Small, Frequent Meals Boost the Metabolism – Fact or Fiction?

One of the biggest debates in nutrition that has emerged over the last few years is how many meals should be eaten in a day. Some say that intermittent fasting is better for health and weight loss purposes, while others argue that smaller, more frequent feedings helps stoke the metabolism. Which one is it really?

The Thermic Effect of Food (TEF)

This debate over meal frequency emerged in the early nineties when health and fitness researchers hypothesized that taking in more frequent, smaller meals could help raise your metabolism. This would, of course, increase the number of calories burned each day and allow a greater amount of weight loss, as well as help protect against obesity.

This conclusion came about through the studies showing that actually digesting food itself caused you to burn calories, also known as the thermic effect of food (TEF).

So, it stood to reason that taking in meals more frequently could allow you to burn more calories overall through increasing the amount of digestion done throughout the day. (1)

This could then potentially help with nutrition and improving health, as well as boost performance in athletes.

A higher meal frequency was then further reinforced when studies showed a supposed “ceiling” in how much protein could be used after training within a single meal, with absorption being limited to 20 grams for an average person. (2)

This made higher frequency meals seem more appealing for athletes, as it increased the potential for nutrients like protein to be used in the body, instead of being stored as fat.

However, despite the rapidly growing application of smaller, and more frequent meals, by both athletes and general populations alike, more studies have only been done recently directly examining the impact of a higher meal frequency and comparing it against more traditional dietary habits.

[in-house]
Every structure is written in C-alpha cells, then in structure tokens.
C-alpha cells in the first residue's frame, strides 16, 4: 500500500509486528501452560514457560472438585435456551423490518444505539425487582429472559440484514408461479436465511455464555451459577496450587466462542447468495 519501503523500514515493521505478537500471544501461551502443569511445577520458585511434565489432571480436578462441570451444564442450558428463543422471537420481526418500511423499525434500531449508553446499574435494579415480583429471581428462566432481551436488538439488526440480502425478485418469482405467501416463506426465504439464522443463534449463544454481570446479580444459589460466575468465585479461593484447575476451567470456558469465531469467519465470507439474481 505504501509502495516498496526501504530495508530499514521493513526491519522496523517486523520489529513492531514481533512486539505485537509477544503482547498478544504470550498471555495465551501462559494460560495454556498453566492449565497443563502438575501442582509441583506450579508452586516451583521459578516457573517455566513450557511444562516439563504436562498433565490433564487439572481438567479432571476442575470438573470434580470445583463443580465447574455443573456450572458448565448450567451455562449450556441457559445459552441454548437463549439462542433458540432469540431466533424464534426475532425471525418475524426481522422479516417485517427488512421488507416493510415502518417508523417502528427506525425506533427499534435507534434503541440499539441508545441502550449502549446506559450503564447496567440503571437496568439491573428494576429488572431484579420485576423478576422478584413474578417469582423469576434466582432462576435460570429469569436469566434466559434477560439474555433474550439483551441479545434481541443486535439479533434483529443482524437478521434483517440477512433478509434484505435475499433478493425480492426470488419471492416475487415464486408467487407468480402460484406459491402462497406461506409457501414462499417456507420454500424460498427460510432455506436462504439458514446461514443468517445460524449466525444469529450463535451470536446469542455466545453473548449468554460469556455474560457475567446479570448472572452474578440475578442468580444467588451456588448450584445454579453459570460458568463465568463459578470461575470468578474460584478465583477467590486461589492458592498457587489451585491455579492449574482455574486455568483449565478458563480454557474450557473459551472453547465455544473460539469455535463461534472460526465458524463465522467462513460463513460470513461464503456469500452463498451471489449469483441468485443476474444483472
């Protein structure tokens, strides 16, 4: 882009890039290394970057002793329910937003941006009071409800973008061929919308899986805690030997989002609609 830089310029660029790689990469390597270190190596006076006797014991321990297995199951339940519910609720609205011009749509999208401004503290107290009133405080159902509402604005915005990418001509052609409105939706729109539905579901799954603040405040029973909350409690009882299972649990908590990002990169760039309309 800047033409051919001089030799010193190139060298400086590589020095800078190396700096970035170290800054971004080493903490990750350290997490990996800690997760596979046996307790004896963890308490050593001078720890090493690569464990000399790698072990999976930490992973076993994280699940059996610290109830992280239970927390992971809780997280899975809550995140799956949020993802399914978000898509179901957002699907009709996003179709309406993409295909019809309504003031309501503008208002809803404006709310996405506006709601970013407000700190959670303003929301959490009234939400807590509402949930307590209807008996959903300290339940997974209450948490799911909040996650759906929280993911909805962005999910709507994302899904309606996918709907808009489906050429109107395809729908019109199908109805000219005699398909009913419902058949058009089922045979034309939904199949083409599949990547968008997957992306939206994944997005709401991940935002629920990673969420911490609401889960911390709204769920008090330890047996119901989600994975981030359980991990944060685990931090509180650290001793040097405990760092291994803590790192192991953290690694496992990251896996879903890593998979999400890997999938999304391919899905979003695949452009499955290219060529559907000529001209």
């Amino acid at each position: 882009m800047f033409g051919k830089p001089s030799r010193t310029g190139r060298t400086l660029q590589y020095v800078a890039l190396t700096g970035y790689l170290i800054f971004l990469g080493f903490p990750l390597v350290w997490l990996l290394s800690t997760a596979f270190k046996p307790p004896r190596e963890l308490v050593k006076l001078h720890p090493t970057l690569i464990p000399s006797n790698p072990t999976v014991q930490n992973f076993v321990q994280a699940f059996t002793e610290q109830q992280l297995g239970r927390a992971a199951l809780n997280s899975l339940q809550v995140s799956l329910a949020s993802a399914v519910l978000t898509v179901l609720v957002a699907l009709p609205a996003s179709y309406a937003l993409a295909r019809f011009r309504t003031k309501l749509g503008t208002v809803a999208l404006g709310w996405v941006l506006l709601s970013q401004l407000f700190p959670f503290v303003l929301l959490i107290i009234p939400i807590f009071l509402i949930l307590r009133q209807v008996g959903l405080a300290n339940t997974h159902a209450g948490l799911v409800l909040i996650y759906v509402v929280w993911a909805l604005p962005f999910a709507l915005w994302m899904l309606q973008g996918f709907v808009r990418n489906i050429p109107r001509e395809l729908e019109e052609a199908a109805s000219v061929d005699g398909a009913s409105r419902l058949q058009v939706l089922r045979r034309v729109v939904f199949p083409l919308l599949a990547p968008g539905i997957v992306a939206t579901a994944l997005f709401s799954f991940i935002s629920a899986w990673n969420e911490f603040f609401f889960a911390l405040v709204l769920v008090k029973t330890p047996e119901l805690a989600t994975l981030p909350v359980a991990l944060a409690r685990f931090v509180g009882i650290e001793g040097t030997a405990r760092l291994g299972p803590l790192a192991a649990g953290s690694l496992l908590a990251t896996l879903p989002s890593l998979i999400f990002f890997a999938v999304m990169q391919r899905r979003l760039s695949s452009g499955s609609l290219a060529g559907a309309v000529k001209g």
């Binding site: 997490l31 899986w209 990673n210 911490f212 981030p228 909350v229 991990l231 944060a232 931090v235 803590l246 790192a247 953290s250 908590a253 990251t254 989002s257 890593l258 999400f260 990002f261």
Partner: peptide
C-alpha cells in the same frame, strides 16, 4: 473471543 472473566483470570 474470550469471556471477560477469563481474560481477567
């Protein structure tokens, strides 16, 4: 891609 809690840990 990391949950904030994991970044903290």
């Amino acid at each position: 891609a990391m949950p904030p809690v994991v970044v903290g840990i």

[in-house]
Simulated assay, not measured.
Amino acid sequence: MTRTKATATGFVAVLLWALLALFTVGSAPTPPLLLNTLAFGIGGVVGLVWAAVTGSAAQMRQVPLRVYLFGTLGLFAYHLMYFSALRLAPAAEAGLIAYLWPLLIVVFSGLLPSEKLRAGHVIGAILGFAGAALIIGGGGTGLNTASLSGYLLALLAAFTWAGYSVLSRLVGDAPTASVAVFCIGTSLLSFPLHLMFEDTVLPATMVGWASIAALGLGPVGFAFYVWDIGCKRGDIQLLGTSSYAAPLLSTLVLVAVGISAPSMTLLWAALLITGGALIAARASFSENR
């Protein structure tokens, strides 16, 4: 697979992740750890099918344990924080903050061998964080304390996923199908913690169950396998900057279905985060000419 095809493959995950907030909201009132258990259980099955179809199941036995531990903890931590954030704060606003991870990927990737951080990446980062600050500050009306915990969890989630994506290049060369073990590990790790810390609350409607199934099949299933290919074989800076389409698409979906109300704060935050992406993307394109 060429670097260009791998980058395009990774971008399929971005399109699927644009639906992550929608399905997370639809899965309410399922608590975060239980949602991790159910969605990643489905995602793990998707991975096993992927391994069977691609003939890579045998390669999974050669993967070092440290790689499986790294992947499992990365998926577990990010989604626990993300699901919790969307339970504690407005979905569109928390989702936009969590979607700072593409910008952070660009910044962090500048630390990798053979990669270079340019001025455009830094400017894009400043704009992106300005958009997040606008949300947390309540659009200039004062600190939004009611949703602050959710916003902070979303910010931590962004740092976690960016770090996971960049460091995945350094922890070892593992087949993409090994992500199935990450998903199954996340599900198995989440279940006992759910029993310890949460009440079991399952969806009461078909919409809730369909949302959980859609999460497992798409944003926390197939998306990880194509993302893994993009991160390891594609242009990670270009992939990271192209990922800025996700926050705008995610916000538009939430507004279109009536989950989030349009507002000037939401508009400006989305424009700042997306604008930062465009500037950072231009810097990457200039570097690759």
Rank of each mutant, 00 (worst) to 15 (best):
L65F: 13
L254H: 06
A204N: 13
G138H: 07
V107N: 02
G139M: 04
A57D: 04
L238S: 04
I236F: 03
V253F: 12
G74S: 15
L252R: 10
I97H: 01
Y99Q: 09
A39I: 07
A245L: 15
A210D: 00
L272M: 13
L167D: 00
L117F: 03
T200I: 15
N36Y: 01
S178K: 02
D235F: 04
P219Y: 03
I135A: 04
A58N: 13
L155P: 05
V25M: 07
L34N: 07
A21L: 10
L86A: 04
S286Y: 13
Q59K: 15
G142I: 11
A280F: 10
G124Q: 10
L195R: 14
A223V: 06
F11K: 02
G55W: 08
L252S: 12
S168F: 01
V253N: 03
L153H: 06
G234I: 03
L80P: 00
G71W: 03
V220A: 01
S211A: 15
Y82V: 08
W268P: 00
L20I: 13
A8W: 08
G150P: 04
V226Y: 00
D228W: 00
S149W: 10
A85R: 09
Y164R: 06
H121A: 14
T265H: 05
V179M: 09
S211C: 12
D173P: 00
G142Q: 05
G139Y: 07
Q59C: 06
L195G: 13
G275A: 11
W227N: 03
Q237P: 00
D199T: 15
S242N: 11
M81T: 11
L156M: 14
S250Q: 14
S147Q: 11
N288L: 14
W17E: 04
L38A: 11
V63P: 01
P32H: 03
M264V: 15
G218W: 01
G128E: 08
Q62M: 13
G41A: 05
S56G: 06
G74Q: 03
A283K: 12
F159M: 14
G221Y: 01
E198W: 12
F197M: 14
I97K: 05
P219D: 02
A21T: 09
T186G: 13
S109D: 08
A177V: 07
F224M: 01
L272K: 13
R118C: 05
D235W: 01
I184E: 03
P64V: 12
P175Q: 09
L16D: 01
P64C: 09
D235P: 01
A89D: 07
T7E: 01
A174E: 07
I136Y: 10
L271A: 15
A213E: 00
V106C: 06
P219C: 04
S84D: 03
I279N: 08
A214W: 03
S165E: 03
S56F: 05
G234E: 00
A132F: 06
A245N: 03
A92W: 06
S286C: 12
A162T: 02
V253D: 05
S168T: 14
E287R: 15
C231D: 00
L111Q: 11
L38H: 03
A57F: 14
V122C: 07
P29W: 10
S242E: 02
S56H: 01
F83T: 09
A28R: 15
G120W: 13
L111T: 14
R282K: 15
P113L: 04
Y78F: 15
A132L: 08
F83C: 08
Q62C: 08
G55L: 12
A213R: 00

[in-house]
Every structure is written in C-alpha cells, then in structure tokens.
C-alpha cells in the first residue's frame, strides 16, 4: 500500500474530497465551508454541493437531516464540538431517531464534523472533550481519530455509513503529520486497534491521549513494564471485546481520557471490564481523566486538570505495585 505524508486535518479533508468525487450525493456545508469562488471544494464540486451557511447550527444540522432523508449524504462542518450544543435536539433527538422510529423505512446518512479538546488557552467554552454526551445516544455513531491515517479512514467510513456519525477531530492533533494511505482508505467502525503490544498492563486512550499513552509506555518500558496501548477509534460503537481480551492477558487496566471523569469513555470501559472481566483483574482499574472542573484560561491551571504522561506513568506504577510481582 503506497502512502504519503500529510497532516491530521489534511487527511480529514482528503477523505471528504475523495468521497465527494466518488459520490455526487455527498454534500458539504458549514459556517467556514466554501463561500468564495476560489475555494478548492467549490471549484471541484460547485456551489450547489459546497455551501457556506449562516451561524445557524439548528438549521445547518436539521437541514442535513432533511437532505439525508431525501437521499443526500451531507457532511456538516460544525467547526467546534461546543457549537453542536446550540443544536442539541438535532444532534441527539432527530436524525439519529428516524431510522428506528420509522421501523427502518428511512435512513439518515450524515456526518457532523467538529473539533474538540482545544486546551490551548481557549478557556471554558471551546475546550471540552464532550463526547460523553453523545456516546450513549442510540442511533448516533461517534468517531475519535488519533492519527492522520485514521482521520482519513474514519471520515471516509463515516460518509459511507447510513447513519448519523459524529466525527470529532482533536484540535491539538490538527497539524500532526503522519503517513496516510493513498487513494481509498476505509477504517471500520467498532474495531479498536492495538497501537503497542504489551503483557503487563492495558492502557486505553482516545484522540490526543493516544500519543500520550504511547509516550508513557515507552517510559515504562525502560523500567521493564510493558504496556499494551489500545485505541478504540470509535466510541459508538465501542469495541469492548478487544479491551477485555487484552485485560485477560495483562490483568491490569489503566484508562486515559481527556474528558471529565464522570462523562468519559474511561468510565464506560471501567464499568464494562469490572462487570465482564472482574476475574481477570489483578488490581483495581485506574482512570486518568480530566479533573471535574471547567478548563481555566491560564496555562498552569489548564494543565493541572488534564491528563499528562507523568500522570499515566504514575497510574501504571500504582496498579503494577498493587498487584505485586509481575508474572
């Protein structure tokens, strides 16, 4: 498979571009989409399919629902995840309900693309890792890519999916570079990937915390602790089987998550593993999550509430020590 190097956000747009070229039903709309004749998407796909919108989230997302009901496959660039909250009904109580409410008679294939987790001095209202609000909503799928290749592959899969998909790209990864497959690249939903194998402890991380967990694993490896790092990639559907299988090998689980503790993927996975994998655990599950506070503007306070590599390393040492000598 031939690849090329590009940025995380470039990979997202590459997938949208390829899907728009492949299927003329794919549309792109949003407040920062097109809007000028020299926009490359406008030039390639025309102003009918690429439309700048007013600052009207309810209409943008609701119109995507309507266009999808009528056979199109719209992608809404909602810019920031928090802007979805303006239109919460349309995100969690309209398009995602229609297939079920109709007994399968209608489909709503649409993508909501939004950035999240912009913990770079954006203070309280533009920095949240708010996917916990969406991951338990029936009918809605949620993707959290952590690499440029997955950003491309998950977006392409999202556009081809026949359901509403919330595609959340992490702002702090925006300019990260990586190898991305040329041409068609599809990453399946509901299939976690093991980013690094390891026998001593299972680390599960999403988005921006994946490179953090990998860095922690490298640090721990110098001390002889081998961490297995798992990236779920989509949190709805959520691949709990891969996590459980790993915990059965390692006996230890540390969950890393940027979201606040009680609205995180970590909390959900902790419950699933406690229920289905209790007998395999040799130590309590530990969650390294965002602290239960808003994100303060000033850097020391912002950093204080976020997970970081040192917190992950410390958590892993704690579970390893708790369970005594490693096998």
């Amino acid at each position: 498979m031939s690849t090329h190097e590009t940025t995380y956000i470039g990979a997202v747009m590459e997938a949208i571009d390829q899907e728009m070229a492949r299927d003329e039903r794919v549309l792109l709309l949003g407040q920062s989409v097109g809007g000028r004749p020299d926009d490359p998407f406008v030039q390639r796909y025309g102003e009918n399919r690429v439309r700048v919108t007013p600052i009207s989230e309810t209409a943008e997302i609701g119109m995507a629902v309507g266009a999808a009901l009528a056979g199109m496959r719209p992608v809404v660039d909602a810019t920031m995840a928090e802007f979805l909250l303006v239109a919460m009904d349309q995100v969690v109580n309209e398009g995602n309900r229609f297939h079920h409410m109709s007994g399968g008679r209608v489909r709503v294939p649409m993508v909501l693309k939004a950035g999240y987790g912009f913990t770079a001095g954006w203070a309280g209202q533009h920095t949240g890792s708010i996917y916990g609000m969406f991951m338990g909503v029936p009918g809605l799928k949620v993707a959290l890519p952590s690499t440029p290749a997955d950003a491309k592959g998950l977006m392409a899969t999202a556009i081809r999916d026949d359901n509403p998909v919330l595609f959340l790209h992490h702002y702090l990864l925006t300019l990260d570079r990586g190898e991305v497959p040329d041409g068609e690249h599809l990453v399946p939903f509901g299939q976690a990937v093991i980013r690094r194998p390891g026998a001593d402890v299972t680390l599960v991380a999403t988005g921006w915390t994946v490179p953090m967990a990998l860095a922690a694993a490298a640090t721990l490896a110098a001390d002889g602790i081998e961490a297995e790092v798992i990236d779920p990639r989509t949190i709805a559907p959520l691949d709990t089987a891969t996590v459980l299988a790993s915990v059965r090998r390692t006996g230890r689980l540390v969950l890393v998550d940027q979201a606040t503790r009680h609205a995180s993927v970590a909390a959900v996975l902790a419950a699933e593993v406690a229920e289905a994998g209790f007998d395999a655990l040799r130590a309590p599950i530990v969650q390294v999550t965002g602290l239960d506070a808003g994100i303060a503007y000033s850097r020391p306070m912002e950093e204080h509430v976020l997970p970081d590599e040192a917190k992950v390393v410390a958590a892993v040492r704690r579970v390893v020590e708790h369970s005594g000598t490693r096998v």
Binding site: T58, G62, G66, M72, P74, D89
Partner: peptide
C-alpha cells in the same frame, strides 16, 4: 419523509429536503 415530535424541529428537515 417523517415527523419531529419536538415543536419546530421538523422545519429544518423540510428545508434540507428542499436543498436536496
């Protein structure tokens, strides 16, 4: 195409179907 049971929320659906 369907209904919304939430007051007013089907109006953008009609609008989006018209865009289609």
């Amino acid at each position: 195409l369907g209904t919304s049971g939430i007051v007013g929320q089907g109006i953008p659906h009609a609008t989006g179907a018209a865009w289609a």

So, do smaller and more frequent meals offer more benefits than conventional diets or are they yet another overhyped trick with little substance behind it?

The Effect of Meal Frequency on Metabolic Rate

As stated above, higher meal frequencies gained popularity from a few studies that suggested bigger, less frequent meals may only have limited value, and more meals could raise your metabolism.

However, more recent research has started to challenge these assumptions. Firstly, studies looking at how many calories it takes to digest food has shown that the energy spent is proportional to the size of the meal eaten.

This means that larger meals will cause a larger increase in calorie expenditure, but smaller, more frequent meals will cause smaller, but also more frequent spikes in calories burned during digestion. (3,4)

These studies put an end to the idea that meal frequency by itself caused a significantly higher metabolic rate.

The Effect of Meal Frequency on Weight Loss

There was also a number of studies that looked at how different meal frequencies affected measures like weight loss, with equivocal results.

Some studies showing higher frequencies to be better, and others showing lower frequencies to be superior. (5)

Although, one small caveat to note is that hunger seems to be lower with more meals, which could be useful for those undergoing a diet.